Sermon at Breck Episcopal School, Minneapolis, MN

May 15, 2009

When I was in junior and senior high school, we used to joke about how the teachers graded our papers and exams. One story went like this – well, they just stand in the stairwell and throw the papers down the stairs. The ones that land at the bottom get As; and the ones that don’t go very far get Fs; and the curve covers the papers in between. There’s another version that’s just the reverse – the papers that go farthest are lightweights, and get the worst grades.

That probably doesn’t sound very fair – and indeed, I think it got told because some of us didn’t think we were always treated fairly. How would you feel if your teacher said to the class that you were supposed to turn your papers in by Friday, and then she continued to accept papers all through the following week, until the last paper came in ten days after the deadline – and then she didn’t lower anybody’s grade for being late? That’s pretty much the kind of thing Jesus is arguing for – and he may even be saying that everybody gets an A.

All those workers are standing around in the center of town, looking for a day job. The vineyard owner hires some at daybreak, agrees on the day’s wage, and puts them to work. He comes back at and does the same thing – and agrees to the same wage. And he does it again at , and at 3 in the afternoon, and again at 5. And at the end of the day he pays them all the same, beginning with the ones who started last.

Why does that seem so unfair? All of those workers earn enough to eat that day, whether they’ve worked all day or stood around waiting until the last minute to be hired. Their prayer has been answered, “give us this day our daily bread.”

Somehow in our market economy we live with the expectation that working harder should be compensated at a higher rate, or that those who are more diligent should be told they’re better. In the kingdom of heaven things don’t appear to work that way.

It’s something like the sweatshirt I saw in a nursing home a long time ago. It said, “Jesus loves you… but I’m his favorite.” Well, we’re all God’s favorite. And there’s a part of us that wants to be loved more than our neighbors, that wants to be so special that we are recognized as better. Well, we’re all special, we’re all unique, and we’re all loved beyond our imagining.

But Jesus’ story may be meant to prod or provoke our sense of what’s fair. How do you and I make judgments about fairness and justice? We usually start with what we’ve learned – what those teachers have taught us, for one – about fairness. We’ve all heard little ones say, “No fair!” when it appears that somebody else has gotten a bigger serving of ice cream – because we’ve learned a value system that says that everyone should be treated equally – but also, that that treatment should be predictable. We may make allowances for some who have different needs or abilities – like handicapped parking spaces, or affirmative action, or Title IX, which first insisted that girls and boys should have equal access to education in school. It’s been played out in locker rooms and on athletic fields since 1972. Is that fair? Is it just? Does it respect the dignity of all?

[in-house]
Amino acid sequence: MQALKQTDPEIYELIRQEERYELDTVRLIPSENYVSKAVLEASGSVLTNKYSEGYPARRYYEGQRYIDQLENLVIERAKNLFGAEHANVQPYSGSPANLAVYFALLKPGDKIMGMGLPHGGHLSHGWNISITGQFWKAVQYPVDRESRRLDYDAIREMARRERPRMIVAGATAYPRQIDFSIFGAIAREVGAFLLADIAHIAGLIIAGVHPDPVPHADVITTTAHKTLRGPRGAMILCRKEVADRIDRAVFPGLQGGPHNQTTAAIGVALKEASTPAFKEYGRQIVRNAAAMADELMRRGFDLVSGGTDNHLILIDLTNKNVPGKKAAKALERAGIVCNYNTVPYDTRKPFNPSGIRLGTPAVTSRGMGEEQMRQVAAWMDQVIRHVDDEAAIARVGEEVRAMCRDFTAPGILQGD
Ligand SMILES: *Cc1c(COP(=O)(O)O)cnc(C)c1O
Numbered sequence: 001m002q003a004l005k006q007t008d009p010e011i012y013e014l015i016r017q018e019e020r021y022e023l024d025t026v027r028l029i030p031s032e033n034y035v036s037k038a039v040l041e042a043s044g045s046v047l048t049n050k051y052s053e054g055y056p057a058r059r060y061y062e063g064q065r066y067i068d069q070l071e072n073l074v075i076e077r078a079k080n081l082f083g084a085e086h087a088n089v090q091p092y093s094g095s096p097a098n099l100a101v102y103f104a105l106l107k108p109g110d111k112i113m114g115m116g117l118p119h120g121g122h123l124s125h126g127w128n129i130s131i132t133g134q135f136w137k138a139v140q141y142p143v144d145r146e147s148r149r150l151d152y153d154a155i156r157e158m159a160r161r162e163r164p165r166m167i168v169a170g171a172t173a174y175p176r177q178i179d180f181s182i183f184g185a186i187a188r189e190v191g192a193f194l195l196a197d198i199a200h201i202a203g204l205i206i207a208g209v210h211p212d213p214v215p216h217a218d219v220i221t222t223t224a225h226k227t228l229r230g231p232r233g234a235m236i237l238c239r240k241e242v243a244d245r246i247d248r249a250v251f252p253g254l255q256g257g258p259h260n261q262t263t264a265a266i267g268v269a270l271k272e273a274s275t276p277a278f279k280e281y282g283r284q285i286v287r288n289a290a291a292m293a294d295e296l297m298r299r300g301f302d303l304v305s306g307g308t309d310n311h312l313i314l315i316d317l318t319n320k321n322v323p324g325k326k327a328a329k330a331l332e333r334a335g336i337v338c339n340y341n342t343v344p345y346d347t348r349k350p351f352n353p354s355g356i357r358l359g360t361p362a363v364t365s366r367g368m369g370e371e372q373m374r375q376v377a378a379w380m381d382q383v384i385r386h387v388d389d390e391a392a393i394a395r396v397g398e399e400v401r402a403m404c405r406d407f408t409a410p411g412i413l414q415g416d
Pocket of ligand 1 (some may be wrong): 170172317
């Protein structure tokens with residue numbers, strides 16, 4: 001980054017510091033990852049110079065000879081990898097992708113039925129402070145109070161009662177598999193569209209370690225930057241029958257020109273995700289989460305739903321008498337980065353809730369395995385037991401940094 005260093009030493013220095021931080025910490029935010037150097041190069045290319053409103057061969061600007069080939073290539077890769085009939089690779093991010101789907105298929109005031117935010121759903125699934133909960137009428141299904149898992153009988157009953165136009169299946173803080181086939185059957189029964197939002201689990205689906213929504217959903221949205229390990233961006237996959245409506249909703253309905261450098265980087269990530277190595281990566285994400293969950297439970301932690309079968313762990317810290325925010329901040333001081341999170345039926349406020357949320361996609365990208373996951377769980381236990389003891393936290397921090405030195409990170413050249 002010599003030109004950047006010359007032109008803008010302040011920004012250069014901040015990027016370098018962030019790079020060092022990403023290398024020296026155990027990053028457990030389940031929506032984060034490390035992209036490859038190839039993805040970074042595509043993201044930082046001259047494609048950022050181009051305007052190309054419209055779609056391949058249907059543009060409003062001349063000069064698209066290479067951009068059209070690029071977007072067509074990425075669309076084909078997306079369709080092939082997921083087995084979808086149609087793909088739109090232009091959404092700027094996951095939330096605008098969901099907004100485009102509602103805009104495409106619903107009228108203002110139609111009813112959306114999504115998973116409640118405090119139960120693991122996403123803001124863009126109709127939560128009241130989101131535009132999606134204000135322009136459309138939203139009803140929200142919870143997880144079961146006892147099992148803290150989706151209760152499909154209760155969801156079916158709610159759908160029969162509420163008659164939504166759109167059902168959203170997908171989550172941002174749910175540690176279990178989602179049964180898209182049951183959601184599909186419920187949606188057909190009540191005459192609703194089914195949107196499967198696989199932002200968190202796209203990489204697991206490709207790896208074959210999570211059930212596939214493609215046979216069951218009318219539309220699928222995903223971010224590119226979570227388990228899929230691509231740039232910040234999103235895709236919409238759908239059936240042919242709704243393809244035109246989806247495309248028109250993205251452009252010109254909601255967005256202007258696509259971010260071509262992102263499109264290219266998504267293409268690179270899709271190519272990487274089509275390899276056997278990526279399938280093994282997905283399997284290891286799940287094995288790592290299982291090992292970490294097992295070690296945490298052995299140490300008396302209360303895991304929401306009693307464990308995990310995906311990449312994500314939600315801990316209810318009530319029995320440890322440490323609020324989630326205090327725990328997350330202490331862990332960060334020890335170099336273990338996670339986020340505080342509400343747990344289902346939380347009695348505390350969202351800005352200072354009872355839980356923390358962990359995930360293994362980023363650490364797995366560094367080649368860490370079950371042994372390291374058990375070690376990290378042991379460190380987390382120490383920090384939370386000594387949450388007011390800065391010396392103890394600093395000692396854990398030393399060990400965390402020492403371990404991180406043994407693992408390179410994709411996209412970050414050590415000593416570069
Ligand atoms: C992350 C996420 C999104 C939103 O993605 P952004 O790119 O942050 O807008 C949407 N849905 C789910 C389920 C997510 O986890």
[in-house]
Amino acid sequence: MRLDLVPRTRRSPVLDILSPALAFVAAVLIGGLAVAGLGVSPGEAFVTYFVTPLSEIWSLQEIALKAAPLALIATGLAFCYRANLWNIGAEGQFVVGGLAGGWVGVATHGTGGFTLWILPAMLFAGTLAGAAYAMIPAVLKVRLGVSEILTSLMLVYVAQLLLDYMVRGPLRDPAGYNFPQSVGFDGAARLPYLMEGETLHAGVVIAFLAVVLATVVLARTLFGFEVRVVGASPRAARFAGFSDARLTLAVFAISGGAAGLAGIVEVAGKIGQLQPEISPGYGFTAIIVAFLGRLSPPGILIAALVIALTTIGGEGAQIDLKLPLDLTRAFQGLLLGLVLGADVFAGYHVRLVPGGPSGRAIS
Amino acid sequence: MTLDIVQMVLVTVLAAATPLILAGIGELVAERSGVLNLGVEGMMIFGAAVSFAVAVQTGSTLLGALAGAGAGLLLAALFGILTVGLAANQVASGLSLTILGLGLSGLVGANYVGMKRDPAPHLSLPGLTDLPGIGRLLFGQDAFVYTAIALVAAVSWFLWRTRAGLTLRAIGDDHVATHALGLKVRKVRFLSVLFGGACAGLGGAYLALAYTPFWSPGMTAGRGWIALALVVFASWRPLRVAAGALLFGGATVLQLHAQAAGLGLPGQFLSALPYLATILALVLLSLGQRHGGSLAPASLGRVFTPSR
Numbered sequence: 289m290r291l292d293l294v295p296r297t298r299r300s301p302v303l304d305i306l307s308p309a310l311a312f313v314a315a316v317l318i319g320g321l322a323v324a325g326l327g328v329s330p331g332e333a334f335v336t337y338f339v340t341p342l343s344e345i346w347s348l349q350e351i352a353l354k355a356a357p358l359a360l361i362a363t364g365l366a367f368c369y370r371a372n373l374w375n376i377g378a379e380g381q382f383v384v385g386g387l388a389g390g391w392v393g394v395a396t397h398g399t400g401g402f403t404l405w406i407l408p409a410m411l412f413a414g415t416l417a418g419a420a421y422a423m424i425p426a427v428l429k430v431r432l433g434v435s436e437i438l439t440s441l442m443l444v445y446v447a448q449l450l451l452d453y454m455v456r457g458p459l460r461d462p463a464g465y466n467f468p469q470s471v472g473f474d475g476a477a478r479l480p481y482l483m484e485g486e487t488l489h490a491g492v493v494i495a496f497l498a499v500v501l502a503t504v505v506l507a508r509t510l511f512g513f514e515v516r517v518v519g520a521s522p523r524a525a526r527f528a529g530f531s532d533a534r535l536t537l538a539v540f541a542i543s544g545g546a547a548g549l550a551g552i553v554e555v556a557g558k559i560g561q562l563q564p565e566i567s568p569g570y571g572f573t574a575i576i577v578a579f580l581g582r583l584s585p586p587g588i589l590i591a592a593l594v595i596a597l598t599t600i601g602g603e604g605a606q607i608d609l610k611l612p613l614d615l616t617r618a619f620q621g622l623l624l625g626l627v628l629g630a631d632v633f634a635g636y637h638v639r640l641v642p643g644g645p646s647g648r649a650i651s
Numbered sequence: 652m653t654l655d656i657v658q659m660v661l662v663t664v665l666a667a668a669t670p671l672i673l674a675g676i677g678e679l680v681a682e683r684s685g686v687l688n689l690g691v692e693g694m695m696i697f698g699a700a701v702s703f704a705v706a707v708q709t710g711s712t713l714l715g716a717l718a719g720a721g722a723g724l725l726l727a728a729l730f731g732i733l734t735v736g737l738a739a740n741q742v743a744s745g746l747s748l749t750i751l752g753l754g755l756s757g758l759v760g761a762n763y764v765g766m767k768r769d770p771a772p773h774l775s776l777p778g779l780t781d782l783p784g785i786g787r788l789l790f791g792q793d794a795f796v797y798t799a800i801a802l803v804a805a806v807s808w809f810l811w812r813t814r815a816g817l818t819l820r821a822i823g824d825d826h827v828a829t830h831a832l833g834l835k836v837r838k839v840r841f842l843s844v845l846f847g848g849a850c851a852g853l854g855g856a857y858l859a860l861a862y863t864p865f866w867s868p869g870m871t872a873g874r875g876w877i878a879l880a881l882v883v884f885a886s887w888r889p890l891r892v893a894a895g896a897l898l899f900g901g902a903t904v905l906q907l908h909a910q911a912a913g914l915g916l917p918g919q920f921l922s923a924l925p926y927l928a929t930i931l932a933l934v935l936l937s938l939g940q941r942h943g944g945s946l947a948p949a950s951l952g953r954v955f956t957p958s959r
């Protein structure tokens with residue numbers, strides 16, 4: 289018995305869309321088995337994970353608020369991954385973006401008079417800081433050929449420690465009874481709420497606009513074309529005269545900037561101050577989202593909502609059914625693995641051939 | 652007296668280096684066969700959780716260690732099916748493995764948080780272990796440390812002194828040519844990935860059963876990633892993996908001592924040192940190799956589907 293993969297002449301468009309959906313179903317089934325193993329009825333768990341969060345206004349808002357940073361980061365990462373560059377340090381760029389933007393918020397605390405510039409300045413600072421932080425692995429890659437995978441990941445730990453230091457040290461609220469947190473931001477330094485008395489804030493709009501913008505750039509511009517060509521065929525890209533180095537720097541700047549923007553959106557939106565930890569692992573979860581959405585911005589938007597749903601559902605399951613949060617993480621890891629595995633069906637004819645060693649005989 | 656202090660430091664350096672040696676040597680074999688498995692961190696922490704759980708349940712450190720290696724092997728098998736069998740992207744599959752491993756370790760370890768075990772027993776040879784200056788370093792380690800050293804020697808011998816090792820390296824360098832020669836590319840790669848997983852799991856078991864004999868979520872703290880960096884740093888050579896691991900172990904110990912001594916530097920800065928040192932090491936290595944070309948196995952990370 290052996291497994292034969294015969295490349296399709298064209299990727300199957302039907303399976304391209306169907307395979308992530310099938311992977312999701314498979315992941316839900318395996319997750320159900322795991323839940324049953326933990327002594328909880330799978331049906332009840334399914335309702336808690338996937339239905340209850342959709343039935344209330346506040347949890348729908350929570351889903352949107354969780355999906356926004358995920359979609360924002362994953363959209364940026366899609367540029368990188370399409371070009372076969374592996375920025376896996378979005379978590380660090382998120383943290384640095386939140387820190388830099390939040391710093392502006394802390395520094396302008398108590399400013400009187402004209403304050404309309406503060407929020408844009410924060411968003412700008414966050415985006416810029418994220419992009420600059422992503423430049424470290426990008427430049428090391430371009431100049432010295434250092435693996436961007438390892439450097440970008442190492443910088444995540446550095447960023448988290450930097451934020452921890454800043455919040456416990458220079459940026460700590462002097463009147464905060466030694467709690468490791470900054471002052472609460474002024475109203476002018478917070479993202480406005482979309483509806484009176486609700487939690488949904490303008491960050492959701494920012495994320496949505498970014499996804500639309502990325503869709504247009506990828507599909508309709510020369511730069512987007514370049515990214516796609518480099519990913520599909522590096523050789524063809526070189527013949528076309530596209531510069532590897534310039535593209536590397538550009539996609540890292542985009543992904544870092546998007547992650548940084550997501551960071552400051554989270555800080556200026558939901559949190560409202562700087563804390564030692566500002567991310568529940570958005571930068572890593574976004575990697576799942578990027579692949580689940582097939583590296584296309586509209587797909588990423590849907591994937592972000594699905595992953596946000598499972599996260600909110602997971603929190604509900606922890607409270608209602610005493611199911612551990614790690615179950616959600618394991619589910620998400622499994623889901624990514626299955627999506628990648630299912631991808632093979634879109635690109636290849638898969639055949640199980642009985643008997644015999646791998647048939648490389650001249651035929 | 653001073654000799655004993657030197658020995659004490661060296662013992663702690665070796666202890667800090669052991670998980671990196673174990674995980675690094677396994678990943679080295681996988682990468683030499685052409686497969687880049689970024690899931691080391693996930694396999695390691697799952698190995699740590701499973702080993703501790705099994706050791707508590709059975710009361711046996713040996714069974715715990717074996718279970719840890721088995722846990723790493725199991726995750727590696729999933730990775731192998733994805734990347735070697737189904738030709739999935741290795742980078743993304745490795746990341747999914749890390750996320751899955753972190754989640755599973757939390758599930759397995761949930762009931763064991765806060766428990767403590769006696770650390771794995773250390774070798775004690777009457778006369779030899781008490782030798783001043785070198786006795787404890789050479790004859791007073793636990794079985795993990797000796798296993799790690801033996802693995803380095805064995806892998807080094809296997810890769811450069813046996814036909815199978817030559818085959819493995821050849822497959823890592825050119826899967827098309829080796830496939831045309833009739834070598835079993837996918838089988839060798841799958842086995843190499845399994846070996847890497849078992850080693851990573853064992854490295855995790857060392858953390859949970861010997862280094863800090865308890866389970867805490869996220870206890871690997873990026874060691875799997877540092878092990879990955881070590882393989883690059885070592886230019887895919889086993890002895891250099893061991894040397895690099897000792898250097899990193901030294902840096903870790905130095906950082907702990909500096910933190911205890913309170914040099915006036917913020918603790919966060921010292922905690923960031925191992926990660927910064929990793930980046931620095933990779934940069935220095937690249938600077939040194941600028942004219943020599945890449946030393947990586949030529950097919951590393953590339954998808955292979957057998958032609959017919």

Around here, I’m pretty sure that your coaches encourage you to play fair, to play by the rules, and to treat your opponents with courtesy, dignity, and justice, all while encouraging you to play your hearts out and WIN! How do we put up with the tension that says that one person, or one team, wins the competition, while we try to treat the others fairly?

Jesus’ story is meant to put us in that kind of tense place. His story is usually called a parable, a word that comes from roots that mean to throw together, para (together or alongside) and ballo (basketball or ballistics or parabola). Jesus has thrown together an everyday experience of going to work and a hard conversation about payment for that work. And he’s set the story in a vineyard – something that’s supposed to remind us that we were made to live in a garden and care for it, and enjoy the fruits of our labor – at least once you get to the legal drinking age! There’s a subtext here that says we’re meant to enjoy life – and there’s even an old story the rabbis tell about the last judgment: Moses will ask you if you’ve enjoyed everything God gave you to enjoy – and your eternal life depends on the answer.

This parable leaves us with an uncomfortable sense that the vineyard owner has a different understanding of fairness than we do. Why does he pay the guys who only worked an hour a whole day’s wages? Well, maybe out of a sense that they all have to eat, or maybe that they have worked all day long, even if most of it was standing around in the marketplace, waiting to be called.

The more interesting question is why the people who worked all day long were offended. They got what they had agreed to, they were treated fairly, they played by the rules. But they’re ticked off, they think they’ve been cheated, because the others got paid the same amount. They can’t quite stomach the good fortune of their fellow workers.

Where do we find ourselves in this parable? Have we gone to work first thing in the morning, worked hard and followed all the rules? Or have we stood around for ages, waiting to be asked to join the party? Or are we in the awkward place of trying to make sure that everybody gets what she or he most needs to thrive?

What are you learning here about fairness and justice and the way God loves us all? And how can that love be both greater than we can imagine, and equally available to all of God’s children?

In God’s vineyard everybody gets what’s needed, and all are loved and welcomed into abundant life. What about this garden called planet earth?